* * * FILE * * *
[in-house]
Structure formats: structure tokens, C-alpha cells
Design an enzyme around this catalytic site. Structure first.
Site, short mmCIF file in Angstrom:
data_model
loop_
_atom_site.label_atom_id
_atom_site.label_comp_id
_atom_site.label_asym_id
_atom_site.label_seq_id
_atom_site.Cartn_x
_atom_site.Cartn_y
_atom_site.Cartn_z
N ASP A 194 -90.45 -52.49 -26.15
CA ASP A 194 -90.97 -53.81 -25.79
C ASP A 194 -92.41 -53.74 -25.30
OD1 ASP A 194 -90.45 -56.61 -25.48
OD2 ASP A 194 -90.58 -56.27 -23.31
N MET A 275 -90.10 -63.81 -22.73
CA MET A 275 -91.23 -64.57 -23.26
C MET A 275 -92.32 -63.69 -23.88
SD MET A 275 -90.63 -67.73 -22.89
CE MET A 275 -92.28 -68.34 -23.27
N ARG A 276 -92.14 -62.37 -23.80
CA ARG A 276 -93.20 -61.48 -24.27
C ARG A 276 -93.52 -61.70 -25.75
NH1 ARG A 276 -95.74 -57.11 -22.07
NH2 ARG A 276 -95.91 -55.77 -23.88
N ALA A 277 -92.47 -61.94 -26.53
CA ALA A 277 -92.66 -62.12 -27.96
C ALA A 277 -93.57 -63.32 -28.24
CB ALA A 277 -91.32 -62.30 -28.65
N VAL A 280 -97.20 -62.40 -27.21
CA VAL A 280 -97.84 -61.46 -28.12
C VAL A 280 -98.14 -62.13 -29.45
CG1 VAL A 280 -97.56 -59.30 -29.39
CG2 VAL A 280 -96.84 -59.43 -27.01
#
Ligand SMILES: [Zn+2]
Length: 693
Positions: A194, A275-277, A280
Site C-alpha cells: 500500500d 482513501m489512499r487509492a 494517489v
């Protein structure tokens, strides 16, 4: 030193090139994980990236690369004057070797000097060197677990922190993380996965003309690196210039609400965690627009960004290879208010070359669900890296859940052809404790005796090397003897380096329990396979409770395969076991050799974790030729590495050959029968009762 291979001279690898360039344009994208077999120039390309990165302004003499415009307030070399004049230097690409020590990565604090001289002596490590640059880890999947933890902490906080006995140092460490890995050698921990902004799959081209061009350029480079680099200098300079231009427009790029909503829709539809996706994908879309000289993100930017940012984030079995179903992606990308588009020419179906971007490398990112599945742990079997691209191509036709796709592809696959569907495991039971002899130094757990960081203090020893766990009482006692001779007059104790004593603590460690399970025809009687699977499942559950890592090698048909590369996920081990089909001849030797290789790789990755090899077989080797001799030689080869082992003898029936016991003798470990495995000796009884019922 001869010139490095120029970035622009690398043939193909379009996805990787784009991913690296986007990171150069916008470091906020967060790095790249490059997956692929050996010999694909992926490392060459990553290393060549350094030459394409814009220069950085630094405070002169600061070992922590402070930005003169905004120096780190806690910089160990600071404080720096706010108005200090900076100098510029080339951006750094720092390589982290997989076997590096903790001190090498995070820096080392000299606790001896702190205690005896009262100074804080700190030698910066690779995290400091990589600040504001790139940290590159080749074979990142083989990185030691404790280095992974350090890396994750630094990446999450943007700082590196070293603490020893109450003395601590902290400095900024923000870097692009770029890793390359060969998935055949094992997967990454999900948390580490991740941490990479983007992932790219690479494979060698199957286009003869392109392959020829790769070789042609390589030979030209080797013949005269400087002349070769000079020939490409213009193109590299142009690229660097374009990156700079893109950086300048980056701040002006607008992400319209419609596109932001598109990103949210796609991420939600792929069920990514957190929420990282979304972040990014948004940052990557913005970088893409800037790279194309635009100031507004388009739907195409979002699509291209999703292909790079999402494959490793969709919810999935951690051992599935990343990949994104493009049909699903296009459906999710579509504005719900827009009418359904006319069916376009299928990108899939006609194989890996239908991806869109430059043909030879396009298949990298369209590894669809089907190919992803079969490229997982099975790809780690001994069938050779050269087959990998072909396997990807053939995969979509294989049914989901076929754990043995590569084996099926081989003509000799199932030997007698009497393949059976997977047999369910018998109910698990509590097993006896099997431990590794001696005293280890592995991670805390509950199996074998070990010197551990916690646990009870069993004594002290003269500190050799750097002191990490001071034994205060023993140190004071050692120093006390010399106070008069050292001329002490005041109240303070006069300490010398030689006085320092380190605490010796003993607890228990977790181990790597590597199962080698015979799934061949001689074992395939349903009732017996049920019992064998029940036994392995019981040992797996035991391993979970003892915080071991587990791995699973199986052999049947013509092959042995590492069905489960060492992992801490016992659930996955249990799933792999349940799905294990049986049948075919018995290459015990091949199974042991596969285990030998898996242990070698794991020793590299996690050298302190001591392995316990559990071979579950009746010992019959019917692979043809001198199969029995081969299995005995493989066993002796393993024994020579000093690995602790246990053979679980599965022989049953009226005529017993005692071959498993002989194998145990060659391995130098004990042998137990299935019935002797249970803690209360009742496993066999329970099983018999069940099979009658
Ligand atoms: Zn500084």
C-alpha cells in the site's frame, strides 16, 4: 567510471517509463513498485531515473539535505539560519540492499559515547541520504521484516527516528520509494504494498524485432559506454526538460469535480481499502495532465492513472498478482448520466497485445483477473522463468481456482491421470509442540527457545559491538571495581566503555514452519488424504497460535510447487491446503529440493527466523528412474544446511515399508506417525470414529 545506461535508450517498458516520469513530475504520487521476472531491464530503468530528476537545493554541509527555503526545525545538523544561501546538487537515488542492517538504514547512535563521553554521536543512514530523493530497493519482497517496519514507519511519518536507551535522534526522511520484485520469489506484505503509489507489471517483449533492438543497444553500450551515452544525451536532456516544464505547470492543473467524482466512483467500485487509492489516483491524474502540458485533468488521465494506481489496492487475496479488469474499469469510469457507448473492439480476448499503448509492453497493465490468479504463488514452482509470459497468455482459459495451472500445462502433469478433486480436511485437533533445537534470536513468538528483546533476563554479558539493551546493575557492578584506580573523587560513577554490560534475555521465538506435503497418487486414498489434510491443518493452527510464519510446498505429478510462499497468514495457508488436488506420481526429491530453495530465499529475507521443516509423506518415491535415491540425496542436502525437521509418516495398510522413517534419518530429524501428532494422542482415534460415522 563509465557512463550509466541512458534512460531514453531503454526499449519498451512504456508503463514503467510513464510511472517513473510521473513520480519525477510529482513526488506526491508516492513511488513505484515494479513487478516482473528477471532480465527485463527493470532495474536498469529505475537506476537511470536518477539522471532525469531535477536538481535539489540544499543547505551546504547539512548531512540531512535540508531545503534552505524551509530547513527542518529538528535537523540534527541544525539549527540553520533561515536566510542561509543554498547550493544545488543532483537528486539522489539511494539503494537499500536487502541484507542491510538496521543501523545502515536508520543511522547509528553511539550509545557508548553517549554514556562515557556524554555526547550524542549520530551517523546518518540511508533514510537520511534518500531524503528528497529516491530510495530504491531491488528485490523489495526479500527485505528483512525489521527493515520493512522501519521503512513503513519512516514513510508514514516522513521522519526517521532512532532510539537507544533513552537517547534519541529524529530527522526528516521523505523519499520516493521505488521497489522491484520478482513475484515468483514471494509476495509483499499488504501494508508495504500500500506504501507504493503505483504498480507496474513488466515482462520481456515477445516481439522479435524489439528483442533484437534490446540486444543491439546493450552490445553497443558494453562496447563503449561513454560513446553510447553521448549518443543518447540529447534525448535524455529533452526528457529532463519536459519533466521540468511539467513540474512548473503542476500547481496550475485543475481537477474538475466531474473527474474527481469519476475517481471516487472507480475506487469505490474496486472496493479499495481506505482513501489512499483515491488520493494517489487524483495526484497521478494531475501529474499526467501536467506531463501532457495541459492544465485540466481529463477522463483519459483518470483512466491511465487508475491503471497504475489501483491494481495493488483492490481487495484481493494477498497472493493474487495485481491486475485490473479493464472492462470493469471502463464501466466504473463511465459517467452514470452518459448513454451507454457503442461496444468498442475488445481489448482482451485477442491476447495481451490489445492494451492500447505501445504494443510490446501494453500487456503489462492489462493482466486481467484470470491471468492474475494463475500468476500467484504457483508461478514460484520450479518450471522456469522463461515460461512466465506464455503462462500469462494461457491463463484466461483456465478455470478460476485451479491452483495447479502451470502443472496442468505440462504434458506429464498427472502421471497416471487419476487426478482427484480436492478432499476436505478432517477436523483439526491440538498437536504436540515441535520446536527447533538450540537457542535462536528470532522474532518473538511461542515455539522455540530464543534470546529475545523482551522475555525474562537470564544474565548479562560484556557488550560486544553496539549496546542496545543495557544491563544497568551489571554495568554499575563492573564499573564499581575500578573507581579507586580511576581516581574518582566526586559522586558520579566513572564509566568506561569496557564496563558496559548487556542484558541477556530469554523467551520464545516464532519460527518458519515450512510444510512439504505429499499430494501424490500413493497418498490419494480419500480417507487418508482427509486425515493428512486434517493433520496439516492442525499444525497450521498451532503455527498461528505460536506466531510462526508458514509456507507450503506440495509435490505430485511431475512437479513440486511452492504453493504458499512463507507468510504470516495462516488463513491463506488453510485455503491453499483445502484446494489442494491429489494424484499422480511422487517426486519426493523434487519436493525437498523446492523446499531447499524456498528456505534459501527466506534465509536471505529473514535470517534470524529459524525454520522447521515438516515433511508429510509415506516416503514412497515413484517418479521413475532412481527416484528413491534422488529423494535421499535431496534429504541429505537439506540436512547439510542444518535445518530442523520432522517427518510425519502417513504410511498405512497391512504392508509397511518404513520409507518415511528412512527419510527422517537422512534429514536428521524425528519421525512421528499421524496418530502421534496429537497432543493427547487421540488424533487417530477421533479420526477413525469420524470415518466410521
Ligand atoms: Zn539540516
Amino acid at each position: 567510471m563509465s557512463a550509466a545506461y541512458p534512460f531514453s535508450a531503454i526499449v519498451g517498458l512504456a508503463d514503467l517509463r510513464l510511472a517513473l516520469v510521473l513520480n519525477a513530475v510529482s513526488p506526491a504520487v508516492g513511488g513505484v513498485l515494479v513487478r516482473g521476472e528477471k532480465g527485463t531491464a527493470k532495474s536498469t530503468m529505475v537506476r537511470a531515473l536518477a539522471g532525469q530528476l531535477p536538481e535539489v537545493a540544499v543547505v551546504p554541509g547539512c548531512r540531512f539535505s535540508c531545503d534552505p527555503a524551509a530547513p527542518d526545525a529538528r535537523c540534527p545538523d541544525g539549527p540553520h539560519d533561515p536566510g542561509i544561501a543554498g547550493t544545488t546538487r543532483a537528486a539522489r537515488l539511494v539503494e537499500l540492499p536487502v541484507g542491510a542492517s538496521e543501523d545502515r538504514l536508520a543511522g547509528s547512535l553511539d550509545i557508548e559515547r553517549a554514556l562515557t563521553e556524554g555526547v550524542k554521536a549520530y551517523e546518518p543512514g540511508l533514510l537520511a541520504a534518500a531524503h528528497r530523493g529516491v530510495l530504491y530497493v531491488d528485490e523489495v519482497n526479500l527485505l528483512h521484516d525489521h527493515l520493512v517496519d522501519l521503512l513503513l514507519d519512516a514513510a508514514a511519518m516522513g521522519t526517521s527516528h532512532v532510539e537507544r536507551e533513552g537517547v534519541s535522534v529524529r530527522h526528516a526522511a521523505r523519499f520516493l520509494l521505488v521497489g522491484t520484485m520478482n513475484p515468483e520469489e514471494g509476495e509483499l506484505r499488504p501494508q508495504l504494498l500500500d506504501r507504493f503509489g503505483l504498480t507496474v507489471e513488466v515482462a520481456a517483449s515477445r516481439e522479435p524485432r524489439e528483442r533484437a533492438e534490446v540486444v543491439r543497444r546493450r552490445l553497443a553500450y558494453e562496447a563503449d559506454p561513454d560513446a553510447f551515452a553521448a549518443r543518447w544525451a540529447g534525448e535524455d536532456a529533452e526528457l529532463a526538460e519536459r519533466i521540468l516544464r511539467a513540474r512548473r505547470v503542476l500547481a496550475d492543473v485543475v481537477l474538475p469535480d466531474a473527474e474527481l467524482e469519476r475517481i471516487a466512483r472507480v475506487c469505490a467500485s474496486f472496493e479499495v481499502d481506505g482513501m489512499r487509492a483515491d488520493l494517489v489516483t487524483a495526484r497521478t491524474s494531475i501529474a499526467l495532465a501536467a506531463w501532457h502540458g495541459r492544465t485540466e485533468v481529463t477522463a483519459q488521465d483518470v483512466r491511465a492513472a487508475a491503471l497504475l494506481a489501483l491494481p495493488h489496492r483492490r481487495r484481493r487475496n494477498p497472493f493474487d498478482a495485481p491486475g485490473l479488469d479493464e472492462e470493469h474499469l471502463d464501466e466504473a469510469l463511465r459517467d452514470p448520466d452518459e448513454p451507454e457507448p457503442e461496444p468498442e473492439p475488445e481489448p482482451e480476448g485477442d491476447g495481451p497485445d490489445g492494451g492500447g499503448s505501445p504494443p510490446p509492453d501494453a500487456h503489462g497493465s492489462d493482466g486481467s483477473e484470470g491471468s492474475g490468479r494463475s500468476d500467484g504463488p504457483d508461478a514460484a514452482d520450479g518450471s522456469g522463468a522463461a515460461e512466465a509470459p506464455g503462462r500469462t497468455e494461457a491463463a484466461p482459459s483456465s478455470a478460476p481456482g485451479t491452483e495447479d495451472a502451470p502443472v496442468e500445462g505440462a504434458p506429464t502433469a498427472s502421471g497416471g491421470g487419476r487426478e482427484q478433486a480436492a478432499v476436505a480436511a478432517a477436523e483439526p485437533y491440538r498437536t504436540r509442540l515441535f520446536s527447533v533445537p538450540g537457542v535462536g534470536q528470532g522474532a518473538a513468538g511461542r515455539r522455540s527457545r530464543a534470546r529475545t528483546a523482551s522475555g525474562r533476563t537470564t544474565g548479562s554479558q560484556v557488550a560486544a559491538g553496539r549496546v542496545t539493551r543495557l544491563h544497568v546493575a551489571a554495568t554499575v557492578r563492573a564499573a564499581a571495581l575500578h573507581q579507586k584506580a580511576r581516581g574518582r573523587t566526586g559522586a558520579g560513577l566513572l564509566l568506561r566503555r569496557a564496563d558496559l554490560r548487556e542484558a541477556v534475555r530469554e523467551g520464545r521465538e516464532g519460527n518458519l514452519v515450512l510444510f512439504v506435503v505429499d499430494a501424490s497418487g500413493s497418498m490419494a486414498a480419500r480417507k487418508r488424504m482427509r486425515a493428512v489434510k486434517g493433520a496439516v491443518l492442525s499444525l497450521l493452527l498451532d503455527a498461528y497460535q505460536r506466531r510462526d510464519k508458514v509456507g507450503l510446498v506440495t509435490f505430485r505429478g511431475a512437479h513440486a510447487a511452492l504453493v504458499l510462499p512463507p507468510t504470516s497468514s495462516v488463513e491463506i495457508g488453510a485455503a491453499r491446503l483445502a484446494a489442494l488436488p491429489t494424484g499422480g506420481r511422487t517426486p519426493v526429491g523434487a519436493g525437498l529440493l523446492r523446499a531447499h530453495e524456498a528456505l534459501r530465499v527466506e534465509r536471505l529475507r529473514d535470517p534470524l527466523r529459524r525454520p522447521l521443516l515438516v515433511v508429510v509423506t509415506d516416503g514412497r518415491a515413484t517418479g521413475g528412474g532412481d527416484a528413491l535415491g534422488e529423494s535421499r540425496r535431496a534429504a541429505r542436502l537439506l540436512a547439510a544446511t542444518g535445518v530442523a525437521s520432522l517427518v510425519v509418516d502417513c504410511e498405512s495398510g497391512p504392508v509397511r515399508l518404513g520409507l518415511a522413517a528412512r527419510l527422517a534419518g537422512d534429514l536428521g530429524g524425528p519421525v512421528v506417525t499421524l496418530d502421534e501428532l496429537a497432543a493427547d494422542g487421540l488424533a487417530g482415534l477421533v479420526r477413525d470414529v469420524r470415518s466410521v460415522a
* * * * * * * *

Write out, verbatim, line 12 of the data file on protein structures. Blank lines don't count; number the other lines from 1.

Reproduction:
_atom_site.Cartn_y